From Working Parent to Stay-at-Home Teacher

By Dr. Jill Stamm, Ph.D.
Prevention and Brain Science Training Specialist
Arizona’s Children Association

How about this reality of suddenly being the school teacher you never planned on being!? Surprise… Now it’s your turn to try. 

For all of us parents and grandparents who did not choose to become public school teachers (which is most of us!), the thought has entered our minds, more than once I’m sure, about how do teachers somehow manage entire groups of 25 or more students, and actually teach our kids how to read, how to do complex math, and later inspire them to become doctors, astronauts, or playwrights. 

When we all heard that schools are now closed for the rest of this school year, this reality for anyone with a school-age child is now overwhelming!  The truth is that teachers are amazing human beings.  We are learning this… even if we had only suspected it. Almost immediately, when the State’s Governors ended school as we know it, teachers rallied to make sure of many things such as:

  • They made a plan to be sure that children who needed food received it, one or more times a day.
  • They hurriedly wrote up lessons and figured out how to put them online.
  • They realized that many students may not have any technology at their homes….no computers, no internet, no printers, etc., and so they also made up printed worksheets of students’ lessons that are ‘low tech’.
  • They designed ways for students to connect with teachers at the school and with other students.
  • And on and on…

But there are lots of us who have challenges that are even more overwhelming than seeing teachers magically create home-based education.  How do we, with no preparation or time, begin to teach our kids?

Here are some suggestions that I have compiled from various scientists who understand what stress does to a child’s brain….and to our adult brain as well.  Other suggestions were given by these very teachers who love your children and who want them to be OK.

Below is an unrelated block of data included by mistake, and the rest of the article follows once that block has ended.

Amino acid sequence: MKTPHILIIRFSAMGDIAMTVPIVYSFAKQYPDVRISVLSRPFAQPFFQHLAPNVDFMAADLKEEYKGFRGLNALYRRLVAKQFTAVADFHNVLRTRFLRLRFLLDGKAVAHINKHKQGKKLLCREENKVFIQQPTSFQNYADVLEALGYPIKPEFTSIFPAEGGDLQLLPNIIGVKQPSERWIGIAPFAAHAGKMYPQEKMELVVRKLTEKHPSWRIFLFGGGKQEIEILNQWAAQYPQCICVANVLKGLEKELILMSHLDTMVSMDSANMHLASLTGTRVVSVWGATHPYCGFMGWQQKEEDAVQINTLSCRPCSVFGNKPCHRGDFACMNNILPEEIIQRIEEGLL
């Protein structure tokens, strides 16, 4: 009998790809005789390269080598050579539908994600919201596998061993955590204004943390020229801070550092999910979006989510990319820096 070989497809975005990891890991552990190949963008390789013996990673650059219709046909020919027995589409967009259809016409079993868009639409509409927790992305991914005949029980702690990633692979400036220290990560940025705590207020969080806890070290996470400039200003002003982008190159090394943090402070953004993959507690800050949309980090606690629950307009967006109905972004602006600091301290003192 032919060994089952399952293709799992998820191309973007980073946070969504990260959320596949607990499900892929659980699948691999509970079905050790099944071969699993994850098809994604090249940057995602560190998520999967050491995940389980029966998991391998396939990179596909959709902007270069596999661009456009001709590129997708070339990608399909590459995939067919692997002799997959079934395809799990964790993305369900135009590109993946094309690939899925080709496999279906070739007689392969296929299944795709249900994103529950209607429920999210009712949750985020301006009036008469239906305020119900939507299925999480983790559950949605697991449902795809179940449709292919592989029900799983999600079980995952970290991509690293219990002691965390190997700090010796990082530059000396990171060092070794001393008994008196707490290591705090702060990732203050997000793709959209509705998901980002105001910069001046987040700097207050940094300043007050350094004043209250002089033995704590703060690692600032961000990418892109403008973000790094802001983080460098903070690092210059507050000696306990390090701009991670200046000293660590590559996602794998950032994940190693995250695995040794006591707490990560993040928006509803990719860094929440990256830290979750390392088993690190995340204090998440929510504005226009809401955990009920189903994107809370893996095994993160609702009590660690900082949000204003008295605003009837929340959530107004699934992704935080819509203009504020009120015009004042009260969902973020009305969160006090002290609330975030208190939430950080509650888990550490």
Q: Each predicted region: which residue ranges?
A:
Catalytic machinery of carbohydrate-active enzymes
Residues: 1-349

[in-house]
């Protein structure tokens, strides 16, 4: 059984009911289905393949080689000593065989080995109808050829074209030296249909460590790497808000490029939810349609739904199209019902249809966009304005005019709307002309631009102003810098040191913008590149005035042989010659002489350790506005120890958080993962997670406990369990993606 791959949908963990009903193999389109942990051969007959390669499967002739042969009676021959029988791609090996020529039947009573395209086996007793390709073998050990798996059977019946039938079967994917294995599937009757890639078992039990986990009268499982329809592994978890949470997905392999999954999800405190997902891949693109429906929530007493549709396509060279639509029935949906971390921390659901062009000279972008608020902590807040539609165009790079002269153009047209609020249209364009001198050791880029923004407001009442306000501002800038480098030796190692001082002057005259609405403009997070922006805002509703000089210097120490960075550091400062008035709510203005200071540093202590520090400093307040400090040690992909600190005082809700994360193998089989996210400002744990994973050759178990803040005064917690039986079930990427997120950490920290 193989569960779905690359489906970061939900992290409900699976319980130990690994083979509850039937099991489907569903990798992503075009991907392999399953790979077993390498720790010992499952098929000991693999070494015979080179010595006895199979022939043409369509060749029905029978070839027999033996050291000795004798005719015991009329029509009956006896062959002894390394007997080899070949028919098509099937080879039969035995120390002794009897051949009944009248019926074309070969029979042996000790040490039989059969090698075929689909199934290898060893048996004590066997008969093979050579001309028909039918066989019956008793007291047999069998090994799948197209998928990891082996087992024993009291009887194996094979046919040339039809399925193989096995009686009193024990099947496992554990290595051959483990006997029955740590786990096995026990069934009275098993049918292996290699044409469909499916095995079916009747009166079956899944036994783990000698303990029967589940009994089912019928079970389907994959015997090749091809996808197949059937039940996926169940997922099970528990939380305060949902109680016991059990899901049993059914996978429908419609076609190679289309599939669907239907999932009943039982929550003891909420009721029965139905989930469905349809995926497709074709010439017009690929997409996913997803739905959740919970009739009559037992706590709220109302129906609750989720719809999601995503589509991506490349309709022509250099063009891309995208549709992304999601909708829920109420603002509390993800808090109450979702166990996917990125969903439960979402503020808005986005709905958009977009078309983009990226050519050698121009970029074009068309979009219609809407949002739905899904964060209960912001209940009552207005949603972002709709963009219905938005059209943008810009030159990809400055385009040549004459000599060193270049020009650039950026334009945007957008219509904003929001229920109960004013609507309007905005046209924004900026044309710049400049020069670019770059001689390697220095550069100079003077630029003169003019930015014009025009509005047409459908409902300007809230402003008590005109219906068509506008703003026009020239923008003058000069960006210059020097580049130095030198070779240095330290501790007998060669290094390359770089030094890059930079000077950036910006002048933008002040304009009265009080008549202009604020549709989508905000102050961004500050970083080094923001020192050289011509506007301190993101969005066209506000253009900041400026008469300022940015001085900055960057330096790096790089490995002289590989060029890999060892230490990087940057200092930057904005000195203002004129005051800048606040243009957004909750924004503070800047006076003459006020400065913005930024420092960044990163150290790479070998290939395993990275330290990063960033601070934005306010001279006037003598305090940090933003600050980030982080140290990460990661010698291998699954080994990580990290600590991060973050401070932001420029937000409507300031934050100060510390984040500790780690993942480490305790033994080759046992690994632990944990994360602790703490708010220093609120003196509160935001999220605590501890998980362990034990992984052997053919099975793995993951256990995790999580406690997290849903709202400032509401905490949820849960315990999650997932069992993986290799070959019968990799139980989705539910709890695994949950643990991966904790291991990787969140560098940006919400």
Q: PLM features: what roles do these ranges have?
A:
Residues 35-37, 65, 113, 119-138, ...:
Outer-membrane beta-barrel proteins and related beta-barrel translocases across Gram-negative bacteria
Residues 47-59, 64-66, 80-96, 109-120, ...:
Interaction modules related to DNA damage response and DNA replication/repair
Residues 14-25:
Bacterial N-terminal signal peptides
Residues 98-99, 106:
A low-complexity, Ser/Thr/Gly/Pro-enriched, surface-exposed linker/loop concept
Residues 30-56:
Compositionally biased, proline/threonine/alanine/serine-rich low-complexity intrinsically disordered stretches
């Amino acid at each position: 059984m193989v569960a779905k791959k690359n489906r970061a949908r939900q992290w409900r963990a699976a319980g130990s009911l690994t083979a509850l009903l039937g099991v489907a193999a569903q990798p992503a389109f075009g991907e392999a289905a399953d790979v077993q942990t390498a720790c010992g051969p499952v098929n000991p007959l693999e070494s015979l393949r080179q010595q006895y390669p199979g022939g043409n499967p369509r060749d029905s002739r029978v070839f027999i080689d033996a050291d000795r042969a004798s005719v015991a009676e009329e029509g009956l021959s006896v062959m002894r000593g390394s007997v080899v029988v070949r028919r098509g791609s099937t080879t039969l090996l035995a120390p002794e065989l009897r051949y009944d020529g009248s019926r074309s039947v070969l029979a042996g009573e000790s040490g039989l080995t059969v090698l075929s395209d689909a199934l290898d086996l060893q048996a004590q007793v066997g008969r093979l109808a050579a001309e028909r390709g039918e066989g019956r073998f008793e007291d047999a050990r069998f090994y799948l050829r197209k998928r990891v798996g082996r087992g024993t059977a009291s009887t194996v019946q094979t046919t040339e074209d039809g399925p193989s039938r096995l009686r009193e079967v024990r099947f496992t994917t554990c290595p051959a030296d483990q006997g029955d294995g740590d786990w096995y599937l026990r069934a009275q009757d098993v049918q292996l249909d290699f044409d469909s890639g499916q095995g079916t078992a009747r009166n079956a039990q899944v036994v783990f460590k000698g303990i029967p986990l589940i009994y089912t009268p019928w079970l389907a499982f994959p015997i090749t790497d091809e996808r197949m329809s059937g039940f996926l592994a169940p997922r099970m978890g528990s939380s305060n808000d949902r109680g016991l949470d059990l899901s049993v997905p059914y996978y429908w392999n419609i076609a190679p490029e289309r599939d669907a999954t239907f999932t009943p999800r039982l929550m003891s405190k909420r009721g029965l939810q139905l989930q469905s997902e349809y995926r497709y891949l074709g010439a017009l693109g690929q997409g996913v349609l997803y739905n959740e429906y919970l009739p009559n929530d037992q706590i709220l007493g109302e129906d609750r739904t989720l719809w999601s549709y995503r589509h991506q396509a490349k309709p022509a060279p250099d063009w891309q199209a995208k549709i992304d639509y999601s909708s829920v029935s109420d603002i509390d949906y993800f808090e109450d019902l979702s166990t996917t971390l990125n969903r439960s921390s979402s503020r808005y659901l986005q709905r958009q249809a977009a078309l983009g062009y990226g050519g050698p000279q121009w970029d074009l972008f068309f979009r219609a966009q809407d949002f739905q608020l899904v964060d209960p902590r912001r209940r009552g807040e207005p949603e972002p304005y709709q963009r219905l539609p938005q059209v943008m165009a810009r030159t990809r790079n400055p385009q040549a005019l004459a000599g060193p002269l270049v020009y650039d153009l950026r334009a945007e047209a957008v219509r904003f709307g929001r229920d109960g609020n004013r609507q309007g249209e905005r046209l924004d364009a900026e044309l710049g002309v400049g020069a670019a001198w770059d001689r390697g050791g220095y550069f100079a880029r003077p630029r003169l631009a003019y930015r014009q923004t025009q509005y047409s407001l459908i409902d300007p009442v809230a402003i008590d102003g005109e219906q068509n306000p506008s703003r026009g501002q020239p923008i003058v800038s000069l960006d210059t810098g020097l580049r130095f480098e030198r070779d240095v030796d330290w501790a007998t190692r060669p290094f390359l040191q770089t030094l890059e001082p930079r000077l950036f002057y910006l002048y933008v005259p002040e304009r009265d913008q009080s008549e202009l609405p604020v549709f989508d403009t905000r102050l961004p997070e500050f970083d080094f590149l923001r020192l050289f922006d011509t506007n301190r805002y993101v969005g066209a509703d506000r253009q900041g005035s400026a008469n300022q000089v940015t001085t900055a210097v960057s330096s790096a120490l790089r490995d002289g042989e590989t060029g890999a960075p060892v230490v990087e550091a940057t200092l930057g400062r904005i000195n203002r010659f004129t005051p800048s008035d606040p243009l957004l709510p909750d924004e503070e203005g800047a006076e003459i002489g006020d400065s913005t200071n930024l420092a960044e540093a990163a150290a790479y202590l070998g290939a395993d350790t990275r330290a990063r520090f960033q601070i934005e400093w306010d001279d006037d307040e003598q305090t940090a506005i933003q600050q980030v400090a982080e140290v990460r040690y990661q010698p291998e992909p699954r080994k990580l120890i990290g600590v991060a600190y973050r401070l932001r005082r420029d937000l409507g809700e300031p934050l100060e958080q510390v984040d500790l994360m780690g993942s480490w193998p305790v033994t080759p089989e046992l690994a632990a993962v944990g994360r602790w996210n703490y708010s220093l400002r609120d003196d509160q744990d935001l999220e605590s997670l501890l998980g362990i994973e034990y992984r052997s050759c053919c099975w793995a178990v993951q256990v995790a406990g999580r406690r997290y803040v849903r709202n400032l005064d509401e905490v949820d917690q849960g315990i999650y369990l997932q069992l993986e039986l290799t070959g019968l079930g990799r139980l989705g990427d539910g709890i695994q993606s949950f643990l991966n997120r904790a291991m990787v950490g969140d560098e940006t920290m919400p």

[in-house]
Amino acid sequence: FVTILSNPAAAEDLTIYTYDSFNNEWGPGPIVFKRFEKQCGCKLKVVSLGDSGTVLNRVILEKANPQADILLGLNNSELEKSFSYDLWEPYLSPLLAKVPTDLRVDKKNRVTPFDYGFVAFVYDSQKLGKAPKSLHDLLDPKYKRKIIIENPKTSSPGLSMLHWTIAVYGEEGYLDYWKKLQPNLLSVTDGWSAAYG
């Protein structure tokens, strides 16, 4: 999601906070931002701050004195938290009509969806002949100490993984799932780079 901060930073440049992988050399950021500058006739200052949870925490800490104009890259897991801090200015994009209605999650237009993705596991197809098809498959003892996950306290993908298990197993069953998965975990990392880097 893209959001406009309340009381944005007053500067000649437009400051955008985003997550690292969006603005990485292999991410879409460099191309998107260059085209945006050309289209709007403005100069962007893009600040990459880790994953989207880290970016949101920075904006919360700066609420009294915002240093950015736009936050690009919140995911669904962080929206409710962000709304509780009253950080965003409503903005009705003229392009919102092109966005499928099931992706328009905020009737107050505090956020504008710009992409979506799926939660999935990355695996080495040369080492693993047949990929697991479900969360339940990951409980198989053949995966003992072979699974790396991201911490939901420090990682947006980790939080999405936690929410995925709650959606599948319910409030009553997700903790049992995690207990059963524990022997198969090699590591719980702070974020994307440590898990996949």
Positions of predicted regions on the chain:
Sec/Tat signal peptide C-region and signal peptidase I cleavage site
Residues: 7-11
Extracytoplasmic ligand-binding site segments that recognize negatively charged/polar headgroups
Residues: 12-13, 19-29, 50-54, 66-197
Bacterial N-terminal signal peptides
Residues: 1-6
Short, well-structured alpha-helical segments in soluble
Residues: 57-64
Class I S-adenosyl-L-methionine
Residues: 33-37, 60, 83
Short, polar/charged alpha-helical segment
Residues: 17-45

1. It is normal to feel overwhelmed.  We never imagined this scenario.  None of us.  So, take time to breathe.  Really.  Stop what you are doing and breathe in and out deeply and slowly.  Maybe do this 5 -7 times in a row.  Scientists say that this action results in a calming effect in our brain that goes throughout the body and “resets” our overactive stress response and we can then calm ourselves.
  2. Realize that you are not alone when being stumped by the teacher’s instructions such as ‘Download the attachment’, or ‘Find the app for the math tutorial’.  You may never in your life have done either of these things.  Now you are worried that you are failing your child and that no one else is this poor at these instructions! Yes… they are.  Many parents are confused and feel inadequate to help their child with their work.  Teachers and administrators are hearing you!  Many school systems are realizing that most kids are going to need a ‘do over’ chance when they return in the Fall.  Your child will be in just the ‘same boat’ as many, if not most, of the kids.  These same smart and loving teachers do understand that kids will need lots of ‘catch-up’time.  So, adjust your expectations of yourself and your children.  What they need most from you is not instructional capability, but the connectedness and expressions of love that you alone can really give. When you can, join them in whatever kind of play they have invented.  Tell them explicitly that you will do your very best to keep them safe.  And that is true.  You will try to keep them safe.  The feeling that someone loves you enough to keep you safe is at the core of the confidence they need to believe that we will likely survive this terrible disease.